Have you ever seen the written language to amend a law?
It’s full of verbiage!
I just read a municipal law that orders the city council to adopt An Ordinance Entitled An Ordinance to Amend An Ordinance Entitled Streets, Sidewalks, and Other Public Places, at which point the meat of the amendment is stated and consolidated with the existing words.
Can’t municipal legislators (who are much worse than their state and federal equivalents) apply the KISS principle to esoteric terms rooted in archaic traditions?
Why can’t the above amendment mimic existing legalese and read like, An Ordinance to Amend Streets…? Simple!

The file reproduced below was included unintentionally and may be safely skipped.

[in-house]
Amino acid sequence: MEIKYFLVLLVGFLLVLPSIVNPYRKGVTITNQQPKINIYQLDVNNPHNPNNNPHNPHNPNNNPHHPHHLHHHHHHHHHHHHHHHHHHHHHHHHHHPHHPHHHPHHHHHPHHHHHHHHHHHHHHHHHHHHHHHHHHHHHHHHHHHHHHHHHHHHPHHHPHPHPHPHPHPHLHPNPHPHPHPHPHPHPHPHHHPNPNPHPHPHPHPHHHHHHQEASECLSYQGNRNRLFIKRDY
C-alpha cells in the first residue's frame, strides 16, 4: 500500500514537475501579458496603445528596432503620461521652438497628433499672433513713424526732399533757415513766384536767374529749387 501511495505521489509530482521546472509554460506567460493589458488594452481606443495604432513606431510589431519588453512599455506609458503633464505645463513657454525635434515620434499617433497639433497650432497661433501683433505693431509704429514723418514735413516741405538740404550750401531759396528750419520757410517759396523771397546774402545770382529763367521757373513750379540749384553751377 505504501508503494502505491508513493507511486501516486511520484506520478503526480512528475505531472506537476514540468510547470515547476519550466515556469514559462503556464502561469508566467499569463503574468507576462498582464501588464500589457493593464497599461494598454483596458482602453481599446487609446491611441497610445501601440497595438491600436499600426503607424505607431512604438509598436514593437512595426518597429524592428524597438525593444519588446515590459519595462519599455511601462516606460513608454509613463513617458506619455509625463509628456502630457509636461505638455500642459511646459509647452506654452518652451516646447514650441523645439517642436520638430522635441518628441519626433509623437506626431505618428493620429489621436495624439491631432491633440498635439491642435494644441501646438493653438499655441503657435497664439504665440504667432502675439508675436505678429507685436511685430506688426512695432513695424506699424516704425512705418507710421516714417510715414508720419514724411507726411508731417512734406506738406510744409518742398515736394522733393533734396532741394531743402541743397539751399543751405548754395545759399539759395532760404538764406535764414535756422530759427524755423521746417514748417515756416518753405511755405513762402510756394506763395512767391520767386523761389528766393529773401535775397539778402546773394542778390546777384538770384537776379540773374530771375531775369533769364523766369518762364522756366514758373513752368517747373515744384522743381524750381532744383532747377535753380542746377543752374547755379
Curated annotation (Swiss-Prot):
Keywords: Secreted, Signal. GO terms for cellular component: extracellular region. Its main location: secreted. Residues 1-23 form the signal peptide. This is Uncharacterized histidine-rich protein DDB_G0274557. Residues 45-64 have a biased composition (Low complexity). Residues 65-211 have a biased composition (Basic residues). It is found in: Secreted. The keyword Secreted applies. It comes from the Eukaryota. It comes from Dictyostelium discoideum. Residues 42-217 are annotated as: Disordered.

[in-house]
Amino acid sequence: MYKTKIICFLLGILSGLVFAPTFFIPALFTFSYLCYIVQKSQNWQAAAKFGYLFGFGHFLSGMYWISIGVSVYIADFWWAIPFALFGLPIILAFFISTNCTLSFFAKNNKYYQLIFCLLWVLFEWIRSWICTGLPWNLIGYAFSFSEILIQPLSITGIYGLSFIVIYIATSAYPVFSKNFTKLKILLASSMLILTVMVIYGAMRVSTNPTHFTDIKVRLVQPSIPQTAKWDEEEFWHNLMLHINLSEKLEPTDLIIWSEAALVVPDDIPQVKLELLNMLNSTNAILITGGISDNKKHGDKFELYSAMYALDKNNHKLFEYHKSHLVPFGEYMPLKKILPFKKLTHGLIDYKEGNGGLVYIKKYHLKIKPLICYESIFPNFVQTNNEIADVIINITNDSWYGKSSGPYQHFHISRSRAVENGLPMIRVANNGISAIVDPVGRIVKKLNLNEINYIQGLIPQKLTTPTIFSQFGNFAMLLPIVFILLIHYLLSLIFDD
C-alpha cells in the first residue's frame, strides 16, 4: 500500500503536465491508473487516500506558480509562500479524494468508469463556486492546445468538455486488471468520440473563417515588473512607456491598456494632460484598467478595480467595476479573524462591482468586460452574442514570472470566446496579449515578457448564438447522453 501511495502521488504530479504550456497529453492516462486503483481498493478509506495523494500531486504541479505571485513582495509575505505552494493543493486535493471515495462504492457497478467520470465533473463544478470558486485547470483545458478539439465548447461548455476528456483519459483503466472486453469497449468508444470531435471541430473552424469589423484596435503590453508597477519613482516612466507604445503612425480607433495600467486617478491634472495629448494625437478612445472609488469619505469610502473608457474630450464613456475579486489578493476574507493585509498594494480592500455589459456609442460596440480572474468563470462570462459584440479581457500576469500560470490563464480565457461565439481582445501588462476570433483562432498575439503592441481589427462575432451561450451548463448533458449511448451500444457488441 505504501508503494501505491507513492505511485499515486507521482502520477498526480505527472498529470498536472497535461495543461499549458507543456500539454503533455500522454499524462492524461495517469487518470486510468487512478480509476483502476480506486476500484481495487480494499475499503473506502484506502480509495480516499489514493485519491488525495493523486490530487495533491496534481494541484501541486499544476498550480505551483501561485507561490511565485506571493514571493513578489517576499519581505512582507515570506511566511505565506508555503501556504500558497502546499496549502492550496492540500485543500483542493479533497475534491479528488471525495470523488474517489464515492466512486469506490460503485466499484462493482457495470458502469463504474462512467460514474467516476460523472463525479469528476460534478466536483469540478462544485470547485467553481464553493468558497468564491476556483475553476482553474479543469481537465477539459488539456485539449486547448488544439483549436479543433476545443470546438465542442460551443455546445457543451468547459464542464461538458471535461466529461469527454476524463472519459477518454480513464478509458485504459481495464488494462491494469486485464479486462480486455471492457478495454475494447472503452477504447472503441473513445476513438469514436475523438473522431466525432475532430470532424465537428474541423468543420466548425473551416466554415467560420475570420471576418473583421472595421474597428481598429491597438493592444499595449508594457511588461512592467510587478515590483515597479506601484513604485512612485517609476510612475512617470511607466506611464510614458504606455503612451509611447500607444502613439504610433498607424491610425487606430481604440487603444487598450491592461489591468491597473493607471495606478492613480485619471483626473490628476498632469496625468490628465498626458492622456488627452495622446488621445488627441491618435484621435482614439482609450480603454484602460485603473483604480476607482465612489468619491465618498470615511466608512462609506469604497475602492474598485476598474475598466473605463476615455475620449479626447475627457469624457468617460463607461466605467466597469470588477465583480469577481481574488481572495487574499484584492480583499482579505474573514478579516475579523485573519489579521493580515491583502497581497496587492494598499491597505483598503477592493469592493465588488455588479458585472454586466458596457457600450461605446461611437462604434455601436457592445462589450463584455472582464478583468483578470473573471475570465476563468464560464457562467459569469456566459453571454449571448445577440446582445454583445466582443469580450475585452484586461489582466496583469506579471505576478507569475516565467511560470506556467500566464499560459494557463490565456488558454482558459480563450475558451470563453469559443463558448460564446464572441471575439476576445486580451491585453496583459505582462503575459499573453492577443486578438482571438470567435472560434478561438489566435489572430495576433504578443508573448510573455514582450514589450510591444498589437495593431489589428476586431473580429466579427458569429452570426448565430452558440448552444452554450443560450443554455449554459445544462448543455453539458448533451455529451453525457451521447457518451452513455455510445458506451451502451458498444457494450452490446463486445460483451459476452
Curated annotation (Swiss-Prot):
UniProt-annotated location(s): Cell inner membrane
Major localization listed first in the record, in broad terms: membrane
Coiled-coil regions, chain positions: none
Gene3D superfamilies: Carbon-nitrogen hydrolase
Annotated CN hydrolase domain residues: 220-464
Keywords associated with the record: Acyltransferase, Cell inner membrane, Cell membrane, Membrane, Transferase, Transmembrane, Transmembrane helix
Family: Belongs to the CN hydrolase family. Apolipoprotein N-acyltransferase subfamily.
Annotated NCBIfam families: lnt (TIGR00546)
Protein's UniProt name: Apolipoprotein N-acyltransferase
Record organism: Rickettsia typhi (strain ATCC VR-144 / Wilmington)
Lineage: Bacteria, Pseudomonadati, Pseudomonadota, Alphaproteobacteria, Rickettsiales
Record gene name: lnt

I suppose Newburyport’s legal code could be worse, such as the following ordinance approved by the mayor of Urbana, Illinois back in 1900:
ORDINANCE 11 OF FY 1900 (9900-11), ENTITLED “ORDINANCE TO AMEND AN ORDINANCE ENTITLED ‘AN ORDINANCE CONTINUING AND EXTENDING AN ORDINANCE ENTITLED ‘AN ORDINANCE TO AMEND AN ORDINANCE ENTITLED ‘AN ORDINANCE PROVIDING FOR A SUPPLY OF WATER TO THE CITY AND CONTRACTING WITH THE UNION WATER SUPPLY CO. FOR A SUPPLY OF WATER FOR PUBLIC USE”'”
My hunch is Judge Richard Posner of the Seventh Circuit Court of Appeals would take issue with the nonsensical terminology in the above example. With good reason, too.
Can you think of any reason, other than in the name of tradition, to continue using complicated language in contemporary laws?